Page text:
For all we talk about the quality of the game of rugby league, fans (generally) aren’t voting with their feet – even in Super League.
Last night’s Super League game at Widnes’ Select Security Stadium against Salford brought in a pretty meagre crowd of just 4,007 and was therefore played in front of a sparse stadium – not a great impression for those watching on television. For those who would argue that those two teams are unlikely to draw in fans from far and wide, the heavyweight clash last weekend between St Helens and Leeds Rhinos at the appallingly named Totally Wicked Stadium saw 11,482 through the turnstiles – just 64% of the stadium’s capacity. Was it the weather? The fact it was on tv? Lack of interest?
Either way, it doesn’t look good. The weather is a fair enough reason; the ‘beast from the east’ has decimated Britain’s sporting schedule over the last month and there is nothing we can do about that. People quite rightly may not wish to expose themselves or their family to freezing conditions and, of course, the situation on the roads varied throughout the country but – especially in the north – there were closures, accidents and serious delays. The fact it was on tv shouldn’t really make a difference; if you are a fan, you should be at one of the biggest games of the season, no? However, for many people money may be tight and, practically, it does seem slightly daft to pay for a Sky subscription to get access to the rugby league but then to pay again on the turnstiles. That, by the way, is a view I don’t embody myself BUT can certainly understand.
The lack of interest, however, is not one that should be accepted. If a team is aware that they aren’t going to fill the stadium, give the tickets away – give them to the feeder clubs that support the club’s academy, give them to kids in school, give them to youth groups in the area. If the young people come in for free, the chances are they will be accompanied by an adult. The club in question would then get merchandise, food and drink purchased by more people. Plus, if the product on the pitch is entertaining – it doesn’t even need to be high quality, just fun to watch – those people who got in for free may well come back. York City Knights have, since the Jon Flatman takeover, taken this a bit further by allowing all under 16s into any of their matches free. That started last year and has continued this, meaning that those getting in for nothing last season at the age of 16 will now have to pay. York’s only home game thus far has been the Bradford Bulls one so it wouldn’t make sense to look at that attendance and conclude that the system has brought more fans in but, over the course of the season, it will be interesting to see if that approach has paid off.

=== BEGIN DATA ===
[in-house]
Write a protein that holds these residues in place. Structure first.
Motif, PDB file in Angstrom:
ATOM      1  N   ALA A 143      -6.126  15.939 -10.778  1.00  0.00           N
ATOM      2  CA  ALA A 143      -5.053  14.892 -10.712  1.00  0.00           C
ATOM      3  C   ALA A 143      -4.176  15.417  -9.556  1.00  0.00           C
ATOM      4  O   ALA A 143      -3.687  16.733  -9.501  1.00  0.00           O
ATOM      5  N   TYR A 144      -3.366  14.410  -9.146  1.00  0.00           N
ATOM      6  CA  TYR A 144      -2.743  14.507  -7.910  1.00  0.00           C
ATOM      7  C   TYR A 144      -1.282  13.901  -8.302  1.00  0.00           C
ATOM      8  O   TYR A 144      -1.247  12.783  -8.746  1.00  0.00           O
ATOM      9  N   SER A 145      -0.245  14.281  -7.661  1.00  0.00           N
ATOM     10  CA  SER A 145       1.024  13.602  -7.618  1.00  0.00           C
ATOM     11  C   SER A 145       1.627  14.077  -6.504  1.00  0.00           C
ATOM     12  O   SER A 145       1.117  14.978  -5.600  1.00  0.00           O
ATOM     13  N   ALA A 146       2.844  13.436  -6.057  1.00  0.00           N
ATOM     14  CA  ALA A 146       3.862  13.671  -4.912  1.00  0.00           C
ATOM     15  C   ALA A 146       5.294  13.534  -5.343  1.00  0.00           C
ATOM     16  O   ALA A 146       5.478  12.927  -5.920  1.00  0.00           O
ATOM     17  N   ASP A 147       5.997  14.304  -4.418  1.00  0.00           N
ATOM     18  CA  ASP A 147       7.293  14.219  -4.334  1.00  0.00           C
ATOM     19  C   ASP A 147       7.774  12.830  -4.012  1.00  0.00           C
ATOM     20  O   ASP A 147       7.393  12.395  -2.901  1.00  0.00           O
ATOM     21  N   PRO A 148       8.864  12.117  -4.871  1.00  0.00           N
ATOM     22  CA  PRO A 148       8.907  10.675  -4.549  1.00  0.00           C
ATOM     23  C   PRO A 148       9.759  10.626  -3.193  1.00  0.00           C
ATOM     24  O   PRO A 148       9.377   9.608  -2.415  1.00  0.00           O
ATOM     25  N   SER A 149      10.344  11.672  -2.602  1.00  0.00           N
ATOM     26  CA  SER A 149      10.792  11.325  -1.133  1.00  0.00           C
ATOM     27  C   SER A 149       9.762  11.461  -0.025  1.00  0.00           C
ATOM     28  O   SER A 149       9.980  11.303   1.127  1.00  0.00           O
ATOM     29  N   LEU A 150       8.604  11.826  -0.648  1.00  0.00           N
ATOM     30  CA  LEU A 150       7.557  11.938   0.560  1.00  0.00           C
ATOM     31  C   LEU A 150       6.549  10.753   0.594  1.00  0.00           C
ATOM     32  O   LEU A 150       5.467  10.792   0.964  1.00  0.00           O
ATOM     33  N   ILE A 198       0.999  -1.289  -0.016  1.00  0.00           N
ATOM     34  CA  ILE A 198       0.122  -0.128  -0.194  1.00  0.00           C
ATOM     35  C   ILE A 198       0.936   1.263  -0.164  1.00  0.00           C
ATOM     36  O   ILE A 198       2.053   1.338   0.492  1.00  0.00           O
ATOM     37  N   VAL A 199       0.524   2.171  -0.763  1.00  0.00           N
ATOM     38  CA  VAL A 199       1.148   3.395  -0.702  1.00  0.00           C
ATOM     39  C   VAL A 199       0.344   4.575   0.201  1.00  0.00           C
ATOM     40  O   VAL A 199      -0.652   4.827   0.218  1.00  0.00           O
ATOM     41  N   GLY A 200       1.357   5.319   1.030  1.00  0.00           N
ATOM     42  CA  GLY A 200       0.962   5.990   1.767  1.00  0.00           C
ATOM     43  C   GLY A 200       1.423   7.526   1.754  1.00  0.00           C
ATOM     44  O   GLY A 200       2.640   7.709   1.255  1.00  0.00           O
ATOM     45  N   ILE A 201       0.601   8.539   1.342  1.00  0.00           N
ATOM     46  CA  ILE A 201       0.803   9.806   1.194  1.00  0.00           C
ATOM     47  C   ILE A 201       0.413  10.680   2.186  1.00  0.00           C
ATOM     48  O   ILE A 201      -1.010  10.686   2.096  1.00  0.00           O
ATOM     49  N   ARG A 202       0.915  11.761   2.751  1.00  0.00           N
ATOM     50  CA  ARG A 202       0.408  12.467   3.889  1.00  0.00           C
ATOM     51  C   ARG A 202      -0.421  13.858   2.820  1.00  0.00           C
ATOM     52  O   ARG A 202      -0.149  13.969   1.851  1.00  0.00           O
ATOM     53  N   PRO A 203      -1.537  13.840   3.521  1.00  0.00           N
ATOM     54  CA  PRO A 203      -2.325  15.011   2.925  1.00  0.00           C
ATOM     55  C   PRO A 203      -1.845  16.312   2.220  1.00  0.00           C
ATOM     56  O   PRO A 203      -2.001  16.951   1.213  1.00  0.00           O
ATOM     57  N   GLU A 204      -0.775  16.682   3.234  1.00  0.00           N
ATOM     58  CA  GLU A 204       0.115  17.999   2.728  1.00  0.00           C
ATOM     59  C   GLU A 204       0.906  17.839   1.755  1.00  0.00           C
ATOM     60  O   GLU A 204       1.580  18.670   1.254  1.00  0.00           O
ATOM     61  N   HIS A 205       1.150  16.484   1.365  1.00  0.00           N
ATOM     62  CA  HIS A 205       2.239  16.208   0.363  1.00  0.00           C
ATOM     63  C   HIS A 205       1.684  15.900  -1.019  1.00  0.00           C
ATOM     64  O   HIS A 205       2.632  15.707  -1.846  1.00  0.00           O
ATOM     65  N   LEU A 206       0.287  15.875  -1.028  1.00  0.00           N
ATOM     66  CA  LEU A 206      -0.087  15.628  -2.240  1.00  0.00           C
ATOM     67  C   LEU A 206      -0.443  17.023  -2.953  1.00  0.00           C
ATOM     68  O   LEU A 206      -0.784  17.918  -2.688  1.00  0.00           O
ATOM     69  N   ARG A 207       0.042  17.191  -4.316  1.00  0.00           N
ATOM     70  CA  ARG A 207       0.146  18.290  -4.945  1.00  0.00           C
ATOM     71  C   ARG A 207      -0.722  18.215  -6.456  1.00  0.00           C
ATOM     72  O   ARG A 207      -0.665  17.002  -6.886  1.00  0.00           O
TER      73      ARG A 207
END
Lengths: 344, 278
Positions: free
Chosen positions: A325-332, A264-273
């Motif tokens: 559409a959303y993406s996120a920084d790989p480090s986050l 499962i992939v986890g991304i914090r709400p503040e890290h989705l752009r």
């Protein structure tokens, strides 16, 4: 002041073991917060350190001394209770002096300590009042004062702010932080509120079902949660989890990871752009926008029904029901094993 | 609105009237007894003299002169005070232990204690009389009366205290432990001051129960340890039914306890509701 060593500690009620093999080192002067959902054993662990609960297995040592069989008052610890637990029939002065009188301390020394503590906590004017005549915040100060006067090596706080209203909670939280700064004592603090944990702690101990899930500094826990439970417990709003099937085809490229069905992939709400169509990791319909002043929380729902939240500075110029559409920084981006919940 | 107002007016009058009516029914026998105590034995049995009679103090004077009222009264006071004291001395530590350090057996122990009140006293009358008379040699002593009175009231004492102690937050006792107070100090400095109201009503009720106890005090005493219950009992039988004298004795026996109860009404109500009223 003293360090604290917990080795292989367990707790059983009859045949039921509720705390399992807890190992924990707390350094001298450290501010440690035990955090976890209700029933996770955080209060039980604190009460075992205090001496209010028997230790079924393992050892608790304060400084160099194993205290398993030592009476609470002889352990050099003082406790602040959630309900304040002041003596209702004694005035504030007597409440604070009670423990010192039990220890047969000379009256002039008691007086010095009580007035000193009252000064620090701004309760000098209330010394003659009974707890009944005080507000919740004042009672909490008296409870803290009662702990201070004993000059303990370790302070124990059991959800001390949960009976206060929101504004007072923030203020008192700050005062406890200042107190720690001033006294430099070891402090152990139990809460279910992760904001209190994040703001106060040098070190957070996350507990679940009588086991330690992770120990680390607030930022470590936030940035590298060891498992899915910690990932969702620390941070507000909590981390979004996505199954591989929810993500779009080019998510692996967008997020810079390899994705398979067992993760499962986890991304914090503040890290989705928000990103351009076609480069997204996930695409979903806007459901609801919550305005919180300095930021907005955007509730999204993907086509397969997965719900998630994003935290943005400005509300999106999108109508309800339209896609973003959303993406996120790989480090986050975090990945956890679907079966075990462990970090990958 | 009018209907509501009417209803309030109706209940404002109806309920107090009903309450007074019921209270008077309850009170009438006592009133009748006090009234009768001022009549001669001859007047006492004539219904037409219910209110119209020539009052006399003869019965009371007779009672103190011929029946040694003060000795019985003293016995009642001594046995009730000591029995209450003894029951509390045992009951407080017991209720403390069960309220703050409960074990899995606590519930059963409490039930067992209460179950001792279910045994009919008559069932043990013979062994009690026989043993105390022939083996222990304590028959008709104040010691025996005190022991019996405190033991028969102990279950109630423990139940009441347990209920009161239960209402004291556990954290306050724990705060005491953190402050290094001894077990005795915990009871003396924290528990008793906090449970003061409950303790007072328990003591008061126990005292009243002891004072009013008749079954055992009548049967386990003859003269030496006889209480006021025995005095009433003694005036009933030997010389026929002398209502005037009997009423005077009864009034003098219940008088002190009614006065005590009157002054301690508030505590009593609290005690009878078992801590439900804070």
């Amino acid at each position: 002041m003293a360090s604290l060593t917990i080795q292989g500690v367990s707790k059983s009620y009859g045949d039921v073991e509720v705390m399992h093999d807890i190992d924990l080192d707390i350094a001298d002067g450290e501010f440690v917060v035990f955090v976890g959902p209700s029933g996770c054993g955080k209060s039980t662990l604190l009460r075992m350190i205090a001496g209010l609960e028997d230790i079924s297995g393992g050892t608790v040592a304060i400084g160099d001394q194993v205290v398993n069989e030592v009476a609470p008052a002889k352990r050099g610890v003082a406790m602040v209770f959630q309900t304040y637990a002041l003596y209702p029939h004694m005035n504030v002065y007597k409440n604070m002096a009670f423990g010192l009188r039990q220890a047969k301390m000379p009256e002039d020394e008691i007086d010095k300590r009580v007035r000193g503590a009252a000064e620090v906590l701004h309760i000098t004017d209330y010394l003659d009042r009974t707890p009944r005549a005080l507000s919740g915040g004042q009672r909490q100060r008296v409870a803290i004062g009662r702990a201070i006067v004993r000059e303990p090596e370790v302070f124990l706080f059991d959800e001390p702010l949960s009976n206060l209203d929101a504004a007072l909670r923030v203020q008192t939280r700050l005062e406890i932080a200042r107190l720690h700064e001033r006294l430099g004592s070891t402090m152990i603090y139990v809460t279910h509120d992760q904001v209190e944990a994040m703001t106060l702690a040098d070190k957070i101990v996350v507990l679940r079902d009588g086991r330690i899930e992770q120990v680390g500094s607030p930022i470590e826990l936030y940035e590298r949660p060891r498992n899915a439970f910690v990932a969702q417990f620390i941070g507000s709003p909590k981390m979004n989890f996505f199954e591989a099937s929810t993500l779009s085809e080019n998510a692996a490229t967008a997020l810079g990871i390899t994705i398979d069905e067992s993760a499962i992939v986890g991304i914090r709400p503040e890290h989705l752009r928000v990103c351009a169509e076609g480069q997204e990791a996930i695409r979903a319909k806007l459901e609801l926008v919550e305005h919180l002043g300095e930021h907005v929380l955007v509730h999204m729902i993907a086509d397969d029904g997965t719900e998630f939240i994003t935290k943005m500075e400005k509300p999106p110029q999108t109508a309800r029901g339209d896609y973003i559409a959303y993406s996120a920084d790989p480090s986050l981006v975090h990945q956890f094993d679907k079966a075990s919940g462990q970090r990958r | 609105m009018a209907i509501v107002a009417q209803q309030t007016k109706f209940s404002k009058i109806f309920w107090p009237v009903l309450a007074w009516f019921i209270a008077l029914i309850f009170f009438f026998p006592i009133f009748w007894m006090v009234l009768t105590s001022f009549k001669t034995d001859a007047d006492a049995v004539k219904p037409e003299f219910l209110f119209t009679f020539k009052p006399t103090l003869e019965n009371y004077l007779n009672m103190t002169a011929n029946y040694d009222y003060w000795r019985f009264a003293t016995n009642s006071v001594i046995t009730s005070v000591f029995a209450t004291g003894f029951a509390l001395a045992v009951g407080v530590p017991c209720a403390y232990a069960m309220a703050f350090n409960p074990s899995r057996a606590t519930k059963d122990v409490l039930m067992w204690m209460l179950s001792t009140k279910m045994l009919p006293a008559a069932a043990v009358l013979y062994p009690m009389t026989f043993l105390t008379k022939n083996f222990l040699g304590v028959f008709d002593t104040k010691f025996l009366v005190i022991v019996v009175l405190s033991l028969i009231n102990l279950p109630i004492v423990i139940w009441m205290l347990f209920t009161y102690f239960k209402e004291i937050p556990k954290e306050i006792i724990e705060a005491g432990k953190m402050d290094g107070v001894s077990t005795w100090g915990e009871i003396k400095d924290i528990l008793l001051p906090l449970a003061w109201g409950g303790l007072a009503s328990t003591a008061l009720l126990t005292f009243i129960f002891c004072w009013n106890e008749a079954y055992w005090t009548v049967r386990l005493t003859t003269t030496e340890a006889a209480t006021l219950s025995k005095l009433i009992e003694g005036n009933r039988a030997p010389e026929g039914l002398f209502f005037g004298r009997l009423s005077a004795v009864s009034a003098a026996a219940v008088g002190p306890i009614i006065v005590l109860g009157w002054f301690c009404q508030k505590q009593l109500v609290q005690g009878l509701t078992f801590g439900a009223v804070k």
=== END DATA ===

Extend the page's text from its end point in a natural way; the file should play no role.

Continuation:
There are, of course, other teams who do this sort of thing but there certainly are many who could do more – there are teams in Super League who simply don’t fill their stadiums and, unlike football, rugby league can’t rely on sponsorship and say they don’t need fans in the ground – we do. Finances aren’t the same. It is vital to get bums on seats and the marketing departments throughout the game would do well to look into it. Look at the NRL, the stadiums look to be packed out every game. We play the same sport here; promotion needs to continue and improve, as does the marketing.
This article is, of course, coming just days after Eddie Hearn suggested he would “take a bulldozer” to the sport – there’s certainly interesting times ahead.